I was reading some basic texts on machine learning where you build a Gaussian model of a generative process from a vector of available data points. To give the contexts and the notations, assume $x_1, x_2, x_n\in\mathbb{R}$ are independent available data points from a Gaussian distribution. You have to estimate $\mu$ (the mean) and $\sigma>0$ (the standard deviation) from these known data points.

Using some maximum likelihood estimator, we can say the problem is basically

$$\max_{\mu, \sigma}\prod_{i=1}^nf_G(x_i)$$ where $f_G(x_i)$ is the Gaussian PDF with the mean and SD. The solution is easy, just the mean and SD of the data points give the optimum.

But I am interested in a more general question where I calculate the joint probability density of $\mu$ and $\sigma$ given the data points? Is there any way to calculate

$$f(\mu, \sigma \mid x_1, x_2, \cdots, x_n)=\frac{F(\mu, \sigma,x_1, x_2, \cdots, x_n)}{f(x_1, x_2, \cdots, x_n)}$$

Of course, we throughout assume that the underlying generative process is Gaussian, but I am stuck with the PDFs. Do I need any additional assumption to answer this question?

  • $\begingroup$ The parameters $\mu$ and $\sigma$ are unknown constants, so (absent a Bayesian context) I'm not sure how to interpret your last displayed equation. I think you meant to ask for PDFs of estimators, not parameters. I tried to give some relevant distributional information in my Answer to get you on the right track. $\endgroup$
    – BruceET
    Mar 3, 2018 at 1:38

1 Answer 1


The standard distribution theory for this model with $X_1, X_2, \dots, X_n$ a random sample from $\mathsf{Norm}(\mu, \sigma)$ is as follows:

$$\bar X \sim \mathsf{Norm}(\mu, \sigma/\sqrt{n}),$$ $$\frac{\sum_{i=1}^n(X_i - \mu)^2}{\sigma^2} \sim \mathsf{Chisq}(n),$$ $$\frac{(n-1)S^2}{\sigma^2} \sim \mathsf{Chisq}(n-1),$$ $$ T = \frac{\bar X - \mu}{S/\sqrt{n}} \sim \mathsf{T}(n-1),$$ where $\bar X = \frac 1 n \sum_{i=1}^n X_i,\,$ $E(\bar X) = \mu;\,$ $S^2 = \frac{1}{n-1}\sum_{i=1}^n (X_i - \bar X),\,$ $E(S^2) = \sigma^2.$ And finally, for normal data (only) $\bar X$ and $S^2$ are stochastically independent random variables--even though not functionally independent.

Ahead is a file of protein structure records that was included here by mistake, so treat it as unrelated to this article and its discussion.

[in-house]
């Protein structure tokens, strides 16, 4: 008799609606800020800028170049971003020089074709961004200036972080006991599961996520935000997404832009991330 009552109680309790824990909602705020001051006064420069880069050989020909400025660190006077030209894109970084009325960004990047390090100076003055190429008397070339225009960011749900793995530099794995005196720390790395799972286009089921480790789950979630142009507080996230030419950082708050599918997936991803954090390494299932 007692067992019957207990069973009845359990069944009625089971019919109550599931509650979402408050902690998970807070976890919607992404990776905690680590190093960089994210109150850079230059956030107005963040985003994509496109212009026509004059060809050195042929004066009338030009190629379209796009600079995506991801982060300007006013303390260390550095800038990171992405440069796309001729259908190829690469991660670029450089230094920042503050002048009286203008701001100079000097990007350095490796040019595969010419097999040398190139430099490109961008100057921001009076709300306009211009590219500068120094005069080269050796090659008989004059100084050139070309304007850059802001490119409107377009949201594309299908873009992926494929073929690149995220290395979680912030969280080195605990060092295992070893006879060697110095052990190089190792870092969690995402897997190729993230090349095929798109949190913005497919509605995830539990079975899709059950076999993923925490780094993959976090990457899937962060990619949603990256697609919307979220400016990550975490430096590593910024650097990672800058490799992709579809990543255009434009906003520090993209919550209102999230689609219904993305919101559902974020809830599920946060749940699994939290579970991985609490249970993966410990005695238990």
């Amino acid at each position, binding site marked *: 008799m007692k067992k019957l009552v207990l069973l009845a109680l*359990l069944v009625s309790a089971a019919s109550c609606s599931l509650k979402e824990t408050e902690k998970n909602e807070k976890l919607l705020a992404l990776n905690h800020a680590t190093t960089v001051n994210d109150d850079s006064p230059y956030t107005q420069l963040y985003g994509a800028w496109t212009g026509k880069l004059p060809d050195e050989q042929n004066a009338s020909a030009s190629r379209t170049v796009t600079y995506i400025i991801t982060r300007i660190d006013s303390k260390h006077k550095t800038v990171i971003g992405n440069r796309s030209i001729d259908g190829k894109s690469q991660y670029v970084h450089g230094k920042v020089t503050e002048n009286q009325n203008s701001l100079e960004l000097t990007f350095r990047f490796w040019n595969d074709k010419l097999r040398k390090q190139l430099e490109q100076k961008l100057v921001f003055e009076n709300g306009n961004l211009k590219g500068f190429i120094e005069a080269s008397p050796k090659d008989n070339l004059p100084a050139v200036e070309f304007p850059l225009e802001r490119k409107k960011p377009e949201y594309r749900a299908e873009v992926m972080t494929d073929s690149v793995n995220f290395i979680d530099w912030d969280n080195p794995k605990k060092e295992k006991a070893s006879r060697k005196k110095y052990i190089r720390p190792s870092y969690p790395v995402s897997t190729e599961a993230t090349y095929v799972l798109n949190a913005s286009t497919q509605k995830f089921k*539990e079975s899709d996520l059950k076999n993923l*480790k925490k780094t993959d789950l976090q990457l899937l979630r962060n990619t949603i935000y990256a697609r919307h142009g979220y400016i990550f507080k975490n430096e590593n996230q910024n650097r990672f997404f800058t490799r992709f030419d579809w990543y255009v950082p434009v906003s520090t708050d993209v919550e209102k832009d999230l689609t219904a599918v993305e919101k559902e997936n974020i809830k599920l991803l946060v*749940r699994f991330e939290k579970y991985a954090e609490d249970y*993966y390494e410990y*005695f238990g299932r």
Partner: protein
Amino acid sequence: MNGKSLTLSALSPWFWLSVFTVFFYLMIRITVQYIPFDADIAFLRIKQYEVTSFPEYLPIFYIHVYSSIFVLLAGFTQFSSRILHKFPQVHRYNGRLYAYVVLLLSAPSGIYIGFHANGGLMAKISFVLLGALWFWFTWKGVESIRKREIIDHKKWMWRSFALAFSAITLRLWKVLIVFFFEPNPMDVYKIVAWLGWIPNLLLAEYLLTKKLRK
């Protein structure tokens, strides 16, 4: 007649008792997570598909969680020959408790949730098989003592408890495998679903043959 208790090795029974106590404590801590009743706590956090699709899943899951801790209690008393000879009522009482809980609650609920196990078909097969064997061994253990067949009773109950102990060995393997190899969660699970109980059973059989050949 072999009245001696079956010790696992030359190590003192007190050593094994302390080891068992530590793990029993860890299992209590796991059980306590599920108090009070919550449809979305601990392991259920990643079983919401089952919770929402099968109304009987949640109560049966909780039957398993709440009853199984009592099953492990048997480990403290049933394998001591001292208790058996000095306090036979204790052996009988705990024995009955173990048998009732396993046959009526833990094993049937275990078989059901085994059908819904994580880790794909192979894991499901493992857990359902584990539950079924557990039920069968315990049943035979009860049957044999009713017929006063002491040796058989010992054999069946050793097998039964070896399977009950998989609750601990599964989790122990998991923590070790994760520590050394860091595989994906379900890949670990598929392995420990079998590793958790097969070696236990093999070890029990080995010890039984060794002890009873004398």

$\mathsf{Chisq}$ denotes a chi-squared distribution with the designated degrees of freedom, and $\mathsf{T}$ denotes Student's t distribution with the designated degrees of freedom. You can find formal distributions and density functions of these distributions on the relevant Wikipedia pages.

The first displayed relationship is most often used when $\sigma$ is known and $\mu$ is to be estimated by $\bar X.$ The second relationship is most often used when $\mu$ is known and $\sigma^2$ is to be estimated by $\frac 1 n \sum_{i=1}^n(X_i - \mu)^2.$ These relationships are easily shown using standard probability formulas, moment generating functions, and the definition of the chi-squared distribution.

The last two displayed relationships and the independence of $\bar X$ and $S^2$ are often used when both $\mu$ and $\sigma$ are unknown. Then ordinarily, $\mu$ is estimated by $\bar S,\,$ $\sigma$ by $S^2,\,$ and $\sigma$ by $S$ (even though $E(S) < \sigma).$ Proofs are more advanced and are discussed in mathematical statistics texts.

For the special case $n = 5,\, \mu = 100,\, \sigma=10$ a simulation in R statistical software of 100,000 samples suggests (but of course does not prove) that $\bar X \sim \mathsf{Norm}(\mu, \frac{\sigma}{\sqrt{n}}),\,$ $Q = \frac{(n-1)S^2}{\sigma^2} \sim \mathsf{Chisq}(4)$ and that $\bar X$ and $S$ are independent. The code below the figure also illustrates $E(\bar X) = 100,\,$ $E(S) < 10.\,$ $E(S^2) = 100,$ and $r = 0,$ within the margin of simulation error (accuracy to two, maybe three significant digits).

enter image description here

set.seed(3218)  # retain for exactly same simulation; delete for fresh run
m = 10^5;  n = 5;  mu = 100;  sg = 10
MAT = matrix(rnorm(m*n, mu, sg), nrow=m)  # m x n matrix: 10^5 samples of size 4
a = rowMeans(MAT)   # m sample means (averages)
s = apply(MAT, 1, sd);  q = (n-1)*s^2/sg^2  # m sample SD's and values of Q
## 100.0139     # aprx E(x-bar) = 100
mean(s);  mean(s^2)    
## 9.412638     # aprx E(S) < 10
## 100.3715     # aprx E(S^2) = 100
cor(a, s)
## -0.00194571  # approx r = 0

par(mfrow=c(1,3))  # enable 3 panels per plot
hist(a, prob=T, col="skyblue2", xlab="Sample Mean", main="Normal Dist'n of Sample Mean")
  curve(dnorm(x, mu, sg/sqrt(n)), add=T, lwd=2, col="red")
hist(q, prob=T, col="skyblue2", ylim=c(0,.18), xlab="Q", main="CHISQ(4)")
  curve(dchisq(x, n-1), add=T, lwd=2, col="red")
plot(a, s, pch=".", xlab="Sample Means", ylab="Sample SD", main="Illustrating Indep")

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